Édouard Daladier

Édouard Daladier (* 18. June 1884 in Carpentras, † 10. October 1970 in Paris) was a French politician (portion of Radical Socialiste).

Daladier was member portion of the Radical Socialiste and starting from 1919 of delegates. Between 1927 and 1932 he was chairmen of its party and considerably at the break with the socialist party 1926 and with the conservative Prime Minister Raymond Poincaré in November 1928 responsible.

Since 1924 he was several times a Minister in different departments and in the thirties (1933, 1934, 1938 - 1940) repeated Prime Minister of a center left coalition. During the people front government he was a war Minister.

1938 he took over the British Appeasement politics and had together with Arthur Neville Chamberlain substantial portion of coming off Munich agreement, which entailed the transfer of the Sudeten Germans of areas in the process of the Sudetenkrise to the German Reich. At the 3. September 1939, after Hitler's assault on Poland at the 1. September 1939 explained Daladier in accordance with the French assistance obligations opposite Poland to the third realm hesitating the war, which it wanted to avoid. In March 1940 Daladier withdrew as an Prime Minister, because he had malfunctioned during the winter war against the Soviet Union the assistance demanded in the public to democratic Finland. Paul Reynaud became its successor as an Prime Minister. After the blitzkrieg of the German armed forces against France Daladier fled to Morocco, was however taken prisoner and by the Vichy regime of betrayal accused.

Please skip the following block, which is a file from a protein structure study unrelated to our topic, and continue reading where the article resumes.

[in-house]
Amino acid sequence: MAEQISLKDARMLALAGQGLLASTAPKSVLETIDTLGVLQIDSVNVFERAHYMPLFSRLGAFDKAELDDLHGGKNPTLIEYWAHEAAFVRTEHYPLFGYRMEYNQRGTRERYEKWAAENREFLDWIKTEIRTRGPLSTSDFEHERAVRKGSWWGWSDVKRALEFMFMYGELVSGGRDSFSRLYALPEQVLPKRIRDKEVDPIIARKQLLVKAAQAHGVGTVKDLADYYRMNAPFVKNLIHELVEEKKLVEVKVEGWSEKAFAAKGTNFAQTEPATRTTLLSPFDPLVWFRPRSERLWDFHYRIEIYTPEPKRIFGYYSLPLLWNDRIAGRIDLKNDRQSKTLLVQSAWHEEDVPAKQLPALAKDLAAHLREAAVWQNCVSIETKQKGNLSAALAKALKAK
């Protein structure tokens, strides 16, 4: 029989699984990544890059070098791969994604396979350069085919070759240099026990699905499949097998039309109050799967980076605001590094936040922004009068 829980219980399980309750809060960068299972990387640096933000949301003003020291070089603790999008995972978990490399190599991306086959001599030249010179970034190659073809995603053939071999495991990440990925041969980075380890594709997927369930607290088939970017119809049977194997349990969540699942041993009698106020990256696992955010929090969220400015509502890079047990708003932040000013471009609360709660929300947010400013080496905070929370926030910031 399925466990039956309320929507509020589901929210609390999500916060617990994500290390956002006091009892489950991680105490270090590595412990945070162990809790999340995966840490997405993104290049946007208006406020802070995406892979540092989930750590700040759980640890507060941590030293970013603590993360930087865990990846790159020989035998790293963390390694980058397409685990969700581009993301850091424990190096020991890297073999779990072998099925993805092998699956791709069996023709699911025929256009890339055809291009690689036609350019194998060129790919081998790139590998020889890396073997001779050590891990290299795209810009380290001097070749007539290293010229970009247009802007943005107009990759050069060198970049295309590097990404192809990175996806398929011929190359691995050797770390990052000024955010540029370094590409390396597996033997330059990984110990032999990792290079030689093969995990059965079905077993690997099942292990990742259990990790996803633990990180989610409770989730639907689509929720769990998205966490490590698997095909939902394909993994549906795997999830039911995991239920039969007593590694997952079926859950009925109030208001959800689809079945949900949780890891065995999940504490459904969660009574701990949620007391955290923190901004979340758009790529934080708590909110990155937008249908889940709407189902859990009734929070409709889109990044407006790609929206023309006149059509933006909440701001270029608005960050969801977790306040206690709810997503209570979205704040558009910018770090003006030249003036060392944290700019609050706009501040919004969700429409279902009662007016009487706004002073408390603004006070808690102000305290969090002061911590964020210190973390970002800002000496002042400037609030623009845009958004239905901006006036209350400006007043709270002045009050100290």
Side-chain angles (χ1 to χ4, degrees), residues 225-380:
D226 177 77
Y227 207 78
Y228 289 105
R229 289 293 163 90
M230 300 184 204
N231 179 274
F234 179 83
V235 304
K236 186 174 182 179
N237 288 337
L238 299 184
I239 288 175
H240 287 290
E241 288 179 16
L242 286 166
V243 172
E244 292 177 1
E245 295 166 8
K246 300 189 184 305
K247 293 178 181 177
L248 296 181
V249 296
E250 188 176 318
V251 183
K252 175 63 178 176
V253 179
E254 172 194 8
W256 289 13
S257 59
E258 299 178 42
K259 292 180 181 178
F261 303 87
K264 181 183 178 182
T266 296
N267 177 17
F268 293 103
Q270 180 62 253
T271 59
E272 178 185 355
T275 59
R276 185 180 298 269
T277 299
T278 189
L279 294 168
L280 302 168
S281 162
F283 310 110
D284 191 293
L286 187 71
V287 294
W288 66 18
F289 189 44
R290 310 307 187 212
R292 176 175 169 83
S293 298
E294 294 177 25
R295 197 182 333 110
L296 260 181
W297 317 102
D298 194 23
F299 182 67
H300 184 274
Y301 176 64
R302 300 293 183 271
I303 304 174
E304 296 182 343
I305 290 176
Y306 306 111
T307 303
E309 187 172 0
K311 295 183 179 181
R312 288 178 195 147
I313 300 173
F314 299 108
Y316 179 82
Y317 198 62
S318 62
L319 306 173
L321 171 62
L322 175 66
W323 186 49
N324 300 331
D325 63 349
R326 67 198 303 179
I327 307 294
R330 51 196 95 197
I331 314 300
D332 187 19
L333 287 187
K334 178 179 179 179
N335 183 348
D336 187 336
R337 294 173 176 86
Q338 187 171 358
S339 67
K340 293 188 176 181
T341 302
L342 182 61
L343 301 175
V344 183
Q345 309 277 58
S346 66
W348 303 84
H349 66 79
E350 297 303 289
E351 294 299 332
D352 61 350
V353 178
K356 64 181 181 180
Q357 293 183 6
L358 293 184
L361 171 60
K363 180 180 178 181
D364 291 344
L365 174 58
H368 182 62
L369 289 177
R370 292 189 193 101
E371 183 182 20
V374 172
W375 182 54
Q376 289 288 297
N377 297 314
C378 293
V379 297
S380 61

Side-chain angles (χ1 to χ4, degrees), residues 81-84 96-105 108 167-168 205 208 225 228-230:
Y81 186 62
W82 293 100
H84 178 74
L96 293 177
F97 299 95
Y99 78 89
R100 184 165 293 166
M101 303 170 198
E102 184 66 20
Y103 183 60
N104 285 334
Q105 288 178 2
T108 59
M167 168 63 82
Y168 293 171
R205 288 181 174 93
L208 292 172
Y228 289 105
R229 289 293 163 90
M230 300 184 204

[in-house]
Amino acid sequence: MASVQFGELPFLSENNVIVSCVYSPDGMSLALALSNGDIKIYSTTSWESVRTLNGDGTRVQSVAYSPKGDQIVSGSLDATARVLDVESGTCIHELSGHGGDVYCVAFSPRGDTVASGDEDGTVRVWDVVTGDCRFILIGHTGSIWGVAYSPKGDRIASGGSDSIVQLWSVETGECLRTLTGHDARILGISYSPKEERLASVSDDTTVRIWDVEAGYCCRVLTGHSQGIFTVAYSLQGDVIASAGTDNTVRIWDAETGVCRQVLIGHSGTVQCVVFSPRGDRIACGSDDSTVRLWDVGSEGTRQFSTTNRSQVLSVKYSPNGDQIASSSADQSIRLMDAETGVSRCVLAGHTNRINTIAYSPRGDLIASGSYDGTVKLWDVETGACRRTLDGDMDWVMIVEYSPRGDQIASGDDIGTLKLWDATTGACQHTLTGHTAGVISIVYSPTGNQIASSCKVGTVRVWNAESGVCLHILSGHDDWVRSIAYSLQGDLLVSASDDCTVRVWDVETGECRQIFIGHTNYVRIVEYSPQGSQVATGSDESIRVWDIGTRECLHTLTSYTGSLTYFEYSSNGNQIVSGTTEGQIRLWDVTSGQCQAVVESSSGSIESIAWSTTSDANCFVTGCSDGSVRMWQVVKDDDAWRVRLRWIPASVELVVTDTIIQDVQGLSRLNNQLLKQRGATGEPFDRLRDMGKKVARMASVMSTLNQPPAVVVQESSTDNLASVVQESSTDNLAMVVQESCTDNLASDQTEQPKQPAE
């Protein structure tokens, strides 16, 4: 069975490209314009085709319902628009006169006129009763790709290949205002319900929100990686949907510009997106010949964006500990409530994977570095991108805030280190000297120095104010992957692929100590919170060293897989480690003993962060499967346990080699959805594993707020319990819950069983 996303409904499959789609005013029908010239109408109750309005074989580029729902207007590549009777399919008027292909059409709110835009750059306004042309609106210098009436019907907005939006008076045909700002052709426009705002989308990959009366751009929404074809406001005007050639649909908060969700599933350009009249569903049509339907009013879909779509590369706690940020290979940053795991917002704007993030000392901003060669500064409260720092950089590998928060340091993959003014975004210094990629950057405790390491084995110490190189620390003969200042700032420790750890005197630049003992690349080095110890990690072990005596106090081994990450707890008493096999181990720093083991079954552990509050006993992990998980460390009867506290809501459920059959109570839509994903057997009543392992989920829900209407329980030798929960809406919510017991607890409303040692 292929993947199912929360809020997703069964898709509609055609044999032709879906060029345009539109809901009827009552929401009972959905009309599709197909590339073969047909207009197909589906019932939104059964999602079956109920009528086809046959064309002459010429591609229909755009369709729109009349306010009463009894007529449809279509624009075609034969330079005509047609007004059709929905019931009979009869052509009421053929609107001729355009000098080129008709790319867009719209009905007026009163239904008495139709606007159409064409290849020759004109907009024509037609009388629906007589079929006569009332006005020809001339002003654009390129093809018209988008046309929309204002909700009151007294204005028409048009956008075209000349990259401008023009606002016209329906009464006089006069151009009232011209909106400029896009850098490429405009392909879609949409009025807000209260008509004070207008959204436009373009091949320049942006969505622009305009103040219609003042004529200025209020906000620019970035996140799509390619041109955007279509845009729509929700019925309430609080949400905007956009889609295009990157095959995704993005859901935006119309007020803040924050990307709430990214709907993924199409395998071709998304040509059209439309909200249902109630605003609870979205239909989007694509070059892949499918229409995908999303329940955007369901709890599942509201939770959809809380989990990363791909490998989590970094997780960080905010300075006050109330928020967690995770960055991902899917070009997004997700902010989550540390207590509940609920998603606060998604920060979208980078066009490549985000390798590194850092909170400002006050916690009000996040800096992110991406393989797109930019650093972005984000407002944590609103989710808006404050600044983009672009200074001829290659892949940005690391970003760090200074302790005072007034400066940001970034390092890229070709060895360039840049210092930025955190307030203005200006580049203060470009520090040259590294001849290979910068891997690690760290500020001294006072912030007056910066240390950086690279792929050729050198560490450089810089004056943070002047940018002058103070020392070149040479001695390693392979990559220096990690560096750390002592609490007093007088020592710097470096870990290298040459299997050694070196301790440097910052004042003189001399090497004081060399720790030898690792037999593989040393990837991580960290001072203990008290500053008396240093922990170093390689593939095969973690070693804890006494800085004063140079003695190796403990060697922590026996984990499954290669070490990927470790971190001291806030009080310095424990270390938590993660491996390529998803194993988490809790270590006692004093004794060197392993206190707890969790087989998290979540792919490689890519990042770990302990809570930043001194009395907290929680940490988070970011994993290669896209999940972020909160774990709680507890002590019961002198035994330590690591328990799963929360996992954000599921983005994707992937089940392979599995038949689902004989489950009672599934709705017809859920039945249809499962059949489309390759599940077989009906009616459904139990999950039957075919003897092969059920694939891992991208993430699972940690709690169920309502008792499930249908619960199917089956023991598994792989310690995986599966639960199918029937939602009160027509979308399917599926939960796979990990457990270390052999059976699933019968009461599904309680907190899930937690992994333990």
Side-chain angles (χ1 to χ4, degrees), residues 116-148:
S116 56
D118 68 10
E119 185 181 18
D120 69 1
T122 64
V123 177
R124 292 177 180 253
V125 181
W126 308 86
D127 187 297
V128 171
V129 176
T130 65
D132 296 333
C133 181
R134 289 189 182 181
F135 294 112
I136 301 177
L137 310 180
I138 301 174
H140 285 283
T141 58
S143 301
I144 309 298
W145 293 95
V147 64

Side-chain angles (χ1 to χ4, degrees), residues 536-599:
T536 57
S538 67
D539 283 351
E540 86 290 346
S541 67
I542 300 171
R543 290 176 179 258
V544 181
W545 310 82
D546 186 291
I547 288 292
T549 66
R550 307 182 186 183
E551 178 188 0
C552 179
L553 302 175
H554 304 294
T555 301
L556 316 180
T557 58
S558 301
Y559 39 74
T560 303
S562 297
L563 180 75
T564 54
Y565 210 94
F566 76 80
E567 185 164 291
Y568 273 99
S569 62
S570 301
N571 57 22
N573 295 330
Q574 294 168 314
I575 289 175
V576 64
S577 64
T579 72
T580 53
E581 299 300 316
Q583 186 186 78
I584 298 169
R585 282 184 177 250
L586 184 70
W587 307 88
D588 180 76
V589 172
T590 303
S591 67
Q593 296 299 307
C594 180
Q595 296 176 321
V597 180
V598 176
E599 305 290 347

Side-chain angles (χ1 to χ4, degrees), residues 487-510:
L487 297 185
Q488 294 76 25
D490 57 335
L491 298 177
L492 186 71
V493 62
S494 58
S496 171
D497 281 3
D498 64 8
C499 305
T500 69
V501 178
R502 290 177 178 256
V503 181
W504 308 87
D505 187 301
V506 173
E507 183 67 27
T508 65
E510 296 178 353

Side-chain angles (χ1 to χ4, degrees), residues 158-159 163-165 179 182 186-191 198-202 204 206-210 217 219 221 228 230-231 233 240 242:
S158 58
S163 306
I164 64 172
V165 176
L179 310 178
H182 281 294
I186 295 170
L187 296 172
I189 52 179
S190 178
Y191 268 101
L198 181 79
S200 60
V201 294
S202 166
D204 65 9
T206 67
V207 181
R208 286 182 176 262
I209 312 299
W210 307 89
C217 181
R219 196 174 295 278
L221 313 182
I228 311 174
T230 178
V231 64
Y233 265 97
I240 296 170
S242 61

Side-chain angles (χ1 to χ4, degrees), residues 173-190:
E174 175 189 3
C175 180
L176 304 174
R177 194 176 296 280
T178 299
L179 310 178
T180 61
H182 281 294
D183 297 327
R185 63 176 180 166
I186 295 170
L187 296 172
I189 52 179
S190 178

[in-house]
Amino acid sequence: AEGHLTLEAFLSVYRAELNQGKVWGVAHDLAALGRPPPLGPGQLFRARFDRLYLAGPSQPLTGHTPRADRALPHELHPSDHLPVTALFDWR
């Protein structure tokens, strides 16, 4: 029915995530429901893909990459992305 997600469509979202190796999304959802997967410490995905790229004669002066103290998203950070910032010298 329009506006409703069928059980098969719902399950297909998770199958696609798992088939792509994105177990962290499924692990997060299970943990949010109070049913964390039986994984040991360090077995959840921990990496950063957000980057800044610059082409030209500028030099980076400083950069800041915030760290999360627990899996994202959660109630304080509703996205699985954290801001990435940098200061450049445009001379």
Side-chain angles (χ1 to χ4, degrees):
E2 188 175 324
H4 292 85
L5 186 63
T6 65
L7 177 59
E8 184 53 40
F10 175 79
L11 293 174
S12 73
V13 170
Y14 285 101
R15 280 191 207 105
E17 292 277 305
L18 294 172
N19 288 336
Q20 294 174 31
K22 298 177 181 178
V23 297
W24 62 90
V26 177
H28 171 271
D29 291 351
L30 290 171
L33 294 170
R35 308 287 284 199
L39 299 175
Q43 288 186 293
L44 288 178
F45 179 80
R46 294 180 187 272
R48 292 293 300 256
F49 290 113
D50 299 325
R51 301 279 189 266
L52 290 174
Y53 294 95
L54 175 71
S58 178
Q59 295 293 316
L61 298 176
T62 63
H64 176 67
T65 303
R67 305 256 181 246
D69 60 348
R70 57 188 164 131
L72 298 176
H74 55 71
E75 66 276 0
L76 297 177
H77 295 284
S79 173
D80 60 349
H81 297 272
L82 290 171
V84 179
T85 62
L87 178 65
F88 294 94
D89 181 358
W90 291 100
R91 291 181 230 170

1943 to 1945 Daladier of the Nazis in Germany had interned. He was selected from 1946 to 1958 again to the delegate and during the fourth Republic of de Gaulles opponent. Starting from 1956 he was leader of the parliamentary group of its party in the national assembly. Daladier was honorary chairman of its party up to their combination in portion the Socialiste Français. From 1953 to 1958 he was also a mayor of Avignon.

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